Another example of what might seem simple is for students to close their eyes to focus within. For some students, this is a path for potential demonic possession. For others who have suffered trauma and do not feel safe closing their eyes in a group, this is potentially a disturbing situation. Clearly you do not have to engage with students at their level of belief about demonic possession or their past trauma: you can simply invite students to close their eyes or to leave them open in soft focus at a point about six feet away. This avoids discussion of the particulars of what students bring to class yet allows them to choose a safe way to relate to the exercise. Becoming more aware of the contexts that students bring with them allows us to foster safer, more inclusive environments for all students.
Researchers and teachers are devoting increasing attention to the implications of race, class, and sexual orientation for the practice of meditation. While contemplative and introspective exercises are not all meditation, we can learn from studies focused on the outcomes of meditative practice. The aim of this inquiry should be to come to understand difference so that the exercises are broadly inclusive, not distorted by our preconceptions of difference. We recognize that while we are looking at the implications of difference, we cannot prejudge the nature of an individual by his or her class, race, or sexual orientation. The presumption that a particular group needs a particular form of practice can be as alienating as giving no thought to difference. The real point here is that we want to establish a frame in which students from the widest range of backgrounds feel welcome and safe.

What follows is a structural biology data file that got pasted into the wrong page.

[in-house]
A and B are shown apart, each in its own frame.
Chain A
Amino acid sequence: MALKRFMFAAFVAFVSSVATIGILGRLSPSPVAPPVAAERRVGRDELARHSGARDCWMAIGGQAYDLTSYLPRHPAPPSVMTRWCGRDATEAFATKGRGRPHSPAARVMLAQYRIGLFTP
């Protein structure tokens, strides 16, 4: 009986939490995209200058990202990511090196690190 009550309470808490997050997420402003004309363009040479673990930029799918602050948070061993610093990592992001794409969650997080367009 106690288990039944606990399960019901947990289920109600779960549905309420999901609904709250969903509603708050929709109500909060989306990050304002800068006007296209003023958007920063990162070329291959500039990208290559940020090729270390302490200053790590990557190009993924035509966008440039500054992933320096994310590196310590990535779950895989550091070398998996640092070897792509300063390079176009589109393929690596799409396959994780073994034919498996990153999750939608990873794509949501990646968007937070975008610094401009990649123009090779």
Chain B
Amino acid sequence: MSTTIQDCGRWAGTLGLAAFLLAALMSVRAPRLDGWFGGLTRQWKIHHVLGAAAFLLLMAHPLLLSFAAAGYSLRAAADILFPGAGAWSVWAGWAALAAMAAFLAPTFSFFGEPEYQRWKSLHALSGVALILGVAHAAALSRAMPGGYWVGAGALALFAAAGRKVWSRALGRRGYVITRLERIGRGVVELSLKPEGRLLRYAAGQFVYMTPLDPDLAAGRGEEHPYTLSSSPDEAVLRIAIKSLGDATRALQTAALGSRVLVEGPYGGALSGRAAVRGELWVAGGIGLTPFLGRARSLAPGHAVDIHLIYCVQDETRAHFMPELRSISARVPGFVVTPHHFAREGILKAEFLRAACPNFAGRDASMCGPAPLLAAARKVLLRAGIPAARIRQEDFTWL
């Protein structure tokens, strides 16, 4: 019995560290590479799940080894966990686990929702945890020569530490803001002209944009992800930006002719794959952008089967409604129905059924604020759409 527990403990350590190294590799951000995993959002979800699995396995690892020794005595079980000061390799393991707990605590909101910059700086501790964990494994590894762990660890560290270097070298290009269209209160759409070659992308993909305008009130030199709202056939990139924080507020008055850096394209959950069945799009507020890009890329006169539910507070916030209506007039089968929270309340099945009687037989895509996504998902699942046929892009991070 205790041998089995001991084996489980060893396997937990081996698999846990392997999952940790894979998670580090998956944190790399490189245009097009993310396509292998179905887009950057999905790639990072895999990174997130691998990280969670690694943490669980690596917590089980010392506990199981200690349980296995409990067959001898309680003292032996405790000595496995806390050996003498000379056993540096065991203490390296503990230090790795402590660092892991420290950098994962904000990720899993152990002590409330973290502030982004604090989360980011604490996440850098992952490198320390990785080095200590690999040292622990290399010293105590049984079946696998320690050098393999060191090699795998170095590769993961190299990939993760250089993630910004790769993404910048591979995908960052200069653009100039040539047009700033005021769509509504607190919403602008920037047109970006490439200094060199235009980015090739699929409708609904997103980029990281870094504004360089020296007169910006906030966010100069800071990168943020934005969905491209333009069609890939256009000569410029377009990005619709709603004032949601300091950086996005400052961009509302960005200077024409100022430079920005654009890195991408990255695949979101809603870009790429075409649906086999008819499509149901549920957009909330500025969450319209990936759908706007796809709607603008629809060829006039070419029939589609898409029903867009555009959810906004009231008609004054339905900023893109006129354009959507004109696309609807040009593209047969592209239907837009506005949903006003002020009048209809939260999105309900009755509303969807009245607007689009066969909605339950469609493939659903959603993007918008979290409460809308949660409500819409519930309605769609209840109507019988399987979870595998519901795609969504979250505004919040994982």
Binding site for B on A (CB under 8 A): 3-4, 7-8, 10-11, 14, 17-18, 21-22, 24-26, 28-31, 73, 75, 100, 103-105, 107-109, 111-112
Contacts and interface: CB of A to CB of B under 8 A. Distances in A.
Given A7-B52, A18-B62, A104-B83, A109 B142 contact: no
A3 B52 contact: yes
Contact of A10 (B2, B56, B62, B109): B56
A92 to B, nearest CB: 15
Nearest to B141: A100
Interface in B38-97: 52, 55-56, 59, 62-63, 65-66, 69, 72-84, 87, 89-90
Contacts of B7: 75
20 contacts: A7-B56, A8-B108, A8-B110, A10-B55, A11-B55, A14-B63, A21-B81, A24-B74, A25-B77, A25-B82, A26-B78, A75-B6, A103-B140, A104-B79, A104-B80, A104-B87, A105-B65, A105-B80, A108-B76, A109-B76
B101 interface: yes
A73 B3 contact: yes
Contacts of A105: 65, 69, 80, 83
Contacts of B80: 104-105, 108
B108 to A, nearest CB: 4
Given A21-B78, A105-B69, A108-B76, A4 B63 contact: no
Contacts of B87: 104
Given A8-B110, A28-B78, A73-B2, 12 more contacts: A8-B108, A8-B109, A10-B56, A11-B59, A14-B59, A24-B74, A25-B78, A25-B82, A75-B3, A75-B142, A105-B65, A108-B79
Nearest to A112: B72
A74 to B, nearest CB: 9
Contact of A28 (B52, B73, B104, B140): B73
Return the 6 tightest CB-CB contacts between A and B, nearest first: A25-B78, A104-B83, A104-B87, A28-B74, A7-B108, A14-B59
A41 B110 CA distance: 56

The critical first step in this process is to confront your own preexisting beliefs and biases. Many of these operate below the conscious level and can be unpleasant to examine. This requires time and attention because most of us have convinced ourselves that we do not discriminate against others, even mentally. While most of us do embrace principles of equality and social justice, cultural norms we have learned through years of exposure and countless heuristics render these principles tenuous, especially since most of what we are doing requires a quick reaction. We are beings designed to use perceptual data very quickly to make judgments. Indeed, many times these skills are essential. Since most of our responses operate below the level of conscious choice, we often create environments or react to situations that preclude establishing contexts for all students to participate. We need to become aware of our underlying beliefs and make sure that we are choosing our responses rather than simply following old and potentially inappropriate heuristics.
A large literature has developed on this subject of implicit beliefs and attitudes. Behavioral studies as well as neuroscientific studies have focused on the nature and influence of our implicit assumptions and attitudes. You can even start to explore your own implicit attitudes at the Project Implicit website. A deep and sustained inquiry into the nature of your own biases is the best way to ensure that you will cultivate an open environment accessible to the greatest number of students.